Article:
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Understanding Conversational Assessment

Jim Thomas Programme Head Workforce Innovation Skills for Care

We all want to have lives that fulfil us; having an illness, disability or impairment does not alter that.

Because fulfilment means something different to everyone, the ways in which people are supported through assessment to manage their lives in ways that help them to achieve this are different. One of the keys to this in any care assessment is being flexible, and taking a lead from that person.

In everyday life conversation is the way we learn about people around us, and build rounded pictures of those we are close to. By using conversation as the way to understand people we find out all sorts of things that would be lost if we just followed a form. Conversational assessment provides a platform for people to talk about themselves, not only the parts of their lives where they need help, but their aspirations, the things they are good at, experiences they have had, the people they care about and what matters to them. It helps others to get a proper picture of who they are.  Listening to what people say to us helps us to see them within the context of their own lives, and tells them that we are interested in them, not just their needs.

Skilled conversational assessment draws all of these things out through conversations; workers are able to talk with the person, to find out what matters to them, what they would like to achieve, and the ways they would like to be supported. By talking to each other the person and the worker can build a picture of the skills and experience that can be drawn on, as well as any established networks that can become part of any support needed.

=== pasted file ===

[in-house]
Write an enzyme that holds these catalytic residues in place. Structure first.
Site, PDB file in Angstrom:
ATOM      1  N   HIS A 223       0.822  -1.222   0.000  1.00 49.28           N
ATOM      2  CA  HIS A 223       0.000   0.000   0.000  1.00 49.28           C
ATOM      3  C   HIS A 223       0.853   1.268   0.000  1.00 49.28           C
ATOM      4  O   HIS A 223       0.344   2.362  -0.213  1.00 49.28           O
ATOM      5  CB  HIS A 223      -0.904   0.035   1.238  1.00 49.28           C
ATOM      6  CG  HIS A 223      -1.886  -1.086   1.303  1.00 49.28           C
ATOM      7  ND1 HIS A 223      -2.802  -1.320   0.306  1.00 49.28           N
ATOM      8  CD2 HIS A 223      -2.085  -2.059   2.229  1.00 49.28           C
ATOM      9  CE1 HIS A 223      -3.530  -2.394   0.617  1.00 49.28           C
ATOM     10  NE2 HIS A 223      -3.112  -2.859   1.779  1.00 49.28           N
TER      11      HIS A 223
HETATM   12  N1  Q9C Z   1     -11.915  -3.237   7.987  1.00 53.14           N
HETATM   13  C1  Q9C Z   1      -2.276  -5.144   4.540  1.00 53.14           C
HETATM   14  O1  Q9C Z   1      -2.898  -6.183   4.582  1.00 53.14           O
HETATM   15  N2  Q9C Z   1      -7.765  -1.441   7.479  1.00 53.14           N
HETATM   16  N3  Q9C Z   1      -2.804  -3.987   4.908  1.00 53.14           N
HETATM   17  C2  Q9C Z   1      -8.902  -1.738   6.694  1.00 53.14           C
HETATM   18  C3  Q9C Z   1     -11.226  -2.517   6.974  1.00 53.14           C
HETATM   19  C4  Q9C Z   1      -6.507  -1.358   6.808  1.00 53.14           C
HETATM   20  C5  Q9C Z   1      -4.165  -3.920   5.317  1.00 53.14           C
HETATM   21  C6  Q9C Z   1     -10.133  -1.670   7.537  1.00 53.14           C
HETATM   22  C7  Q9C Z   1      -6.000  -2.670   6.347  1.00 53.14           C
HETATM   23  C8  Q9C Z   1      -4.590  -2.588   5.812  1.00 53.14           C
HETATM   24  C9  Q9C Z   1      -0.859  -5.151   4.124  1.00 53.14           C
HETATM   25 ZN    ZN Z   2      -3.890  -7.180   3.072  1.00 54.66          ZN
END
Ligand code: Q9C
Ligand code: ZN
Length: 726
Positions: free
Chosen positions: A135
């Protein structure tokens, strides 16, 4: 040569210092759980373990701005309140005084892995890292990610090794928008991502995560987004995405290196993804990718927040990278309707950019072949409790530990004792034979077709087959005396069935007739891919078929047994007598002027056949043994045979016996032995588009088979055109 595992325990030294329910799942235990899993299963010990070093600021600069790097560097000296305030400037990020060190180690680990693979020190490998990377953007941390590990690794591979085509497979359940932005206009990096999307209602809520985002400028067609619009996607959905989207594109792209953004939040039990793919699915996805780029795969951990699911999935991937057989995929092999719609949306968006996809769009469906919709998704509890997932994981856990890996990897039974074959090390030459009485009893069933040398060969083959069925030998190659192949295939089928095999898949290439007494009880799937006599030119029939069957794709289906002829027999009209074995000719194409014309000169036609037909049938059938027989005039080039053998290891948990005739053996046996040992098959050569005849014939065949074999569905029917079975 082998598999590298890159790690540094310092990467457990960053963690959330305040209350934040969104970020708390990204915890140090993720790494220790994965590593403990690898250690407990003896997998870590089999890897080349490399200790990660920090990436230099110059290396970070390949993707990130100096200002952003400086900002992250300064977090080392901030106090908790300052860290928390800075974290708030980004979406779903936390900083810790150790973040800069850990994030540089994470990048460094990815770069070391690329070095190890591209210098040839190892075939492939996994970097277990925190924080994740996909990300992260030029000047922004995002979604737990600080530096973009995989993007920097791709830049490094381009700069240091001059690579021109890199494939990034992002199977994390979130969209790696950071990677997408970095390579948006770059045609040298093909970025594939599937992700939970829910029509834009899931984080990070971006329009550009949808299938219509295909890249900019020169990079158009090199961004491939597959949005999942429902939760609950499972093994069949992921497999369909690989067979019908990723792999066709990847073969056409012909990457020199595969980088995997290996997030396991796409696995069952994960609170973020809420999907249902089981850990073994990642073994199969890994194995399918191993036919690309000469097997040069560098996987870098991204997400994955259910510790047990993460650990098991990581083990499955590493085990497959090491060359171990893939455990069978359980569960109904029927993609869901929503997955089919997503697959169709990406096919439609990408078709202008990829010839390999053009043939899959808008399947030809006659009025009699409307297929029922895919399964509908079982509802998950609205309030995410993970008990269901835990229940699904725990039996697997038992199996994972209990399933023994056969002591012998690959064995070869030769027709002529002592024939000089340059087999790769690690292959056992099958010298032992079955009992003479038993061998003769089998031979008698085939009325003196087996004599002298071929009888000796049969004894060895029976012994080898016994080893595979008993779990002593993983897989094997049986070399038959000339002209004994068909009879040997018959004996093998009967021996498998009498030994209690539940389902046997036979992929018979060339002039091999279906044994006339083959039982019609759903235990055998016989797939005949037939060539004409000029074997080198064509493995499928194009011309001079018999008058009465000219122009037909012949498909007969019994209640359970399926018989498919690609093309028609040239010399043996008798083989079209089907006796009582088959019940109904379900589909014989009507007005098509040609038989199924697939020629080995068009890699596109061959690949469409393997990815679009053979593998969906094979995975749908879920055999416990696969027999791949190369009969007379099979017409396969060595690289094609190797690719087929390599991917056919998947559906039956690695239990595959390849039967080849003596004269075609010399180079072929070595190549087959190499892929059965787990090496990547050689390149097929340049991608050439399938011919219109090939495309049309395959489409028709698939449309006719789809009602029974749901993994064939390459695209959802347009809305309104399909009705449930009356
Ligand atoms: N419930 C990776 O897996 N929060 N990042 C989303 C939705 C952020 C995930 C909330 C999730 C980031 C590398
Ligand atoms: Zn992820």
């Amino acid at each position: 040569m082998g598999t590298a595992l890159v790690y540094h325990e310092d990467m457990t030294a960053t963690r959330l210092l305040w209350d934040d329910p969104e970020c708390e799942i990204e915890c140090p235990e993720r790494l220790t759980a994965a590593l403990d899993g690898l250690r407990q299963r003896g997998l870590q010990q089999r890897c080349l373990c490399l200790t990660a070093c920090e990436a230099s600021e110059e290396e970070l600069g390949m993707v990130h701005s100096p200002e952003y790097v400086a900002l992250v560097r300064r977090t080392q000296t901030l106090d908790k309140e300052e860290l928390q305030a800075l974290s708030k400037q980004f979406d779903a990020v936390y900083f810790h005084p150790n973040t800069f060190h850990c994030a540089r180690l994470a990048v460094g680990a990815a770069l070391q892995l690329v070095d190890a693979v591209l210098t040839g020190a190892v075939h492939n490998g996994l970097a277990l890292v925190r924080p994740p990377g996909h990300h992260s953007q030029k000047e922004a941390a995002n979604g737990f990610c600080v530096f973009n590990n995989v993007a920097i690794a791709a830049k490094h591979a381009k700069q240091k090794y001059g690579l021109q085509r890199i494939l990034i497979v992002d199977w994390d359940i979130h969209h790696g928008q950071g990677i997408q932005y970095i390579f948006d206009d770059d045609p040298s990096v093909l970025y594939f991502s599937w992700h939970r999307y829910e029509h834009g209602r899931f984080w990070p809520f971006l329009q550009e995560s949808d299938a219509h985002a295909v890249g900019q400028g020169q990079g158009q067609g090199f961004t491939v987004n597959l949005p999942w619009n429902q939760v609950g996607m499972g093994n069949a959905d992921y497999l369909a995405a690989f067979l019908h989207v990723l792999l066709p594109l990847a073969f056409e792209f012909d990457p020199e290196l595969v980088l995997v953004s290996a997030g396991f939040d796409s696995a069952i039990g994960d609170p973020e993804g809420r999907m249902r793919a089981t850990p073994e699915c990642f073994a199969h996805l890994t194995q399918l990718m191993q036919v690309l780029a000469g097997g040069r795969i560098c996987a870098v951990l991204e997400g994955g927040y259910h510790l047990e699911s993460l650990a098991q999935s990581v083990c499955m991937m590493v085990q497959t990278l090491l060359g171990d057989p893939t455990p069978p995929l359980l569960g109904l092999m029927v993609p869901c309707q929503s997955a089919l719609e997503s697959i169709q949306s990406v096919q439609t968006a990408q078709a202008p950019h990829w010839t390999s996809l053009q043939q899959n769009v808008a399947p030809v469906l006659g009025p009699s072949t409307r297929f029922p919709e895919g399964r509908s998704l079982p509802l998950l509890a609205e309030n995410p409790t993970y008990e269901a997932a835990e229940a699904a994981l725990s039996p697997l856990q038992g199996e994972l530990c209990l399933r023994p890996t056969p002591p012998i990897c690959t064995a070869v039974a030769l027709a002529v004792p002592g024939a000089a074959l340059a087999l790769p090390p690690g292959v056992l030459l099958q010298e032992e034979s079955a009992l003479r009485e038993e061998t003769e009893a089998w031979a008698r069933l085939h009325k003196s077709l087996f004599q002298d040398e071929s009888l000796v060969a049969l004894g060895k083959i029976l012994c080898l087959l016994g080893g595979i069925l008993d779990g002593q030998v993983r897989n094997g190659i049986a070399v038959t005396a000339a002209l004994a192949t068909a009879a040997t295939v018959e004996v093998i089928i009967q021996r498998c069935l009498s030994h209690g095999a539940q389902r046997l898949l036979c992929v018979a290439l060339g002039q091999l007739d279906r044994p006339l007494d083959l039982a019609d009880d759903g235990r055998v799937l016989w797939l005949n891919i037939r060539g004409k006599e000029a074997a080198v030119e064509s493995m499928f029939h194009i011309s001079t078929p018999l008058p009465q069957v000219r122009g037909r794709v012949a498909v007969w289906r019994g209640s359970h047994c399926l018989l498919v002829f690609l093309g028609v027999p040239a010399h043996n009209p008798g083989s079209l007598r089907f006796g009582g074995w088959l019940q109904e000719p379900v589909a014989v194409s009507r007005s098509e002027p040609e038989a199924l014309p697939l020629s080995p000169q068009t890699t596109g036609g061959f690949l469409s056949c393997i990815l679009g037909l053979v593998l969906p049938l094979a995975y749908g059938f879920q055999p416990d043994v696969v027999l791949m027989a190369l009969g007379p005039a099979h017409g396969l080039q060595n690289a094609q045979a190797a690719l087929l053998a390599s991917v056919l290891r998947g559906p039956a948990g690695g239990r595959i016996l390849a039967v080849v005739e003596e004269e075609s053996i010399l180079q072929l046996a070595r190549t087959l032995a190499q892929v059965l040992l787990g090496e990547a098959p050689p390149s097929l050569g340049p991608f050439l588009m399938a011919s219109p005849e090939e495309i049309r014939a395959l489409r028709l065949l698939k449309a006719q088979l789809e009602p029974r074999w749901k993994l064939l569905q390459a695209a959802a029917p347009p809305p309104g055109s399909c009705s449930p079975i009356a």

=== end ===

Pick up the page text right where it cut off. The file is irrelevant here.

The relationship between the person who may have social care or health needs and the worker is critical. For people to speak honestly, and with confidence, they must feel secure, and trust each other.

In conversational assessment, the relationship between worker and the person is one of equals, in which both recognise the other’s contribution, and understand the constraints and concerns of the other person. Listening properly to the person, giving them the time they need and acting on what they say are all ways to show that they are valued.

Conversational assessment begins with a blank sheet, and follows a direction that is led by what is important to the person. This does not mean there is no structure or accountability, but it does mean that workers do not prejudge what will be the main concerns and priorities of the person they are working with, nor the ways in which they would like their needs to be met.

Conversational assessment is still structured assessment, that structure comes from the person’s priorities, the statutory responsibilities of the agency the worker represents, and any practical constraints placed upon the worker, such as the organisation’s eligibility criteria.

Skilled workers have a detailed understanding of the things that need to be included in the discussion, and by using prompts and checklists are able to contribute to the shaping of the discussion. Conversational assessment can be very informal, but the worker maintains a formal responsibility to act on the outcomes of the assessment.

People do not compartmentalise their lives according to the boundaries of the organisations with whom they interact.  During a conversational assessment discussion will frequently cross the organisational boundaries within which workers operate.  Not only will social care and health boundaries disappear, but people will place themselves in the communities they live in, and some of the things that matter to them will be best supported by those communities.

Conversational assessment is important because it enables people to describe their lives in ways that mean something to them. However, conversational assessment is just the first step in supporting people in accordance with these views.


Edel Harris





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